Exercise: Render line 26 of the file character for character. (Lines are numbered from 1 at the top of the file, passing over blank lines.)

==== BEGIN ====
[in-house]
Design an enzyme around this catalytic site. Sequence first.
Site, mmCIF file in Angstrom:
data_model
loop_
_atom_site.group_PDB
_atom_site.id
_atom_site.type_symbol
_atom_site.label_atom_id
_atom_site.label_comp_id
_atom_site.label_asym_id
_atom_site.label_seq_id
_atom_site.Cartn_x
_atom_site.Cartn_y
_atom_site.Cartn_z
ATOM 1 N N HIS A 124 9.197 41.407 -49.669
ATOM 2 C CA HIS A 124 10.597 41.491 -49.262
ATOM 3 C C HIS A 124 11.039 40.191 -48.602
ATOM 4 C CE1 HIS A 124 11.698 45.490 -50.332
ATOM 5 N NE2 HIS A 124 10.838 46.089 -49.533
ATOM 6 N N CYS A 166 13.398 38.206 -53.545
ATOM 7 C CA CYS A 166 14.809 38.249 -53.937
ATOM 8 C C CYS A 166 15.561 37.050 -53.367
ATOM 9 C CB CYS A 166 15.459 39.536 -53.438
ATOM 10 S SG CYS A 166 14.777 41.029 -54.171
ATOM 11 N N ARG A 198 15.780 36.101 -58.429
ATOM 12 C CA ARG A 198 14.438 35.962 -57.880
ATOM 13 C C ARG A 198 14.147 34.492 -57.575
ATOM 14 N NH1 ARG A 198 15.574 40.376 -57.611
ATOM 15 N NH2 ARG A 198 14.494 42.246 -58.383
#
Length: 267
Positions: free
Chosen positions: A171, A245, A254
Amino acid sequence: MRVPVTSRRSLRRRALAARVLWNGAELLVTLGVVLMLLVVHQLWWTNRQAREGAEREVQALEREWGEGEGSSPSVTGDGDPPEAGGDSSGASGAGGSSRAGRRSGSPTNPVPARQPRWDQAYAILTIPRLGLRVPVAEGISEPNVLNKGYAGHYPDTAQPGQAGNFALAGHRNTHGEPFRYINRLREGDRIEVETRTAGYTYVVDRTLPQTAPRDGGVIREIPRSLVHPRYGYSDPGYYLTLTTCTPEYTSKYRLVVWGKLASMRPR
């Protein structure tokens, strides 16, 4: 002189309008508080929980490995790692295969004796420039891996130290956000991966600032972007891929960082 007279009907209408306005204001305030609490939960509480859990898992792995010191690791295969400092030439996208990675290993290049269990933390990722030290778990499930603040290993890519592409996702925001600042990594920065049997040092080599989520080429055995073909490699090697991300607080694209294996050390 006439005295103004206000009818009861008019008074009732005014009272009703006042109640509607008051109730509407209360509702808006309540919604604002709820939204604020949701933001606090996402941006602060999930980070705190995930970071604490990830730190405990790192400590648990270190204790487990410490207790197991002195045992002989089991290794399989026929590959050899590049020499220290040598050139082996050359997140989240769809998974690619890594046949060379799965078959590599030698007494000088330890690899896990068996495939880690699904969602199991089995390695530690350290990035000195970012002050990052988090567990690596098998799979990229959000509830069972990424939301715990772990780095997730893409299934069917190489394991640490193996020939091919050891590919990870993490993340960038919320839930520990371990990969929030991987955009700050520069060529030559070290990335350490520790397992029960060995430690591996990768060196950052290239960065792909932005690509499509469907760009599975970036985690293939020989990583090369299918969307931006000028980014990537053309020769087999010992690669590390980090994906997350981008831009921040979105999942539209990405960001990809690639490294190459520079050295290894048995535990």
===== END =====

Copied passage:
ATOM 11 N N ARG A 198 15.780 36.101 -58.429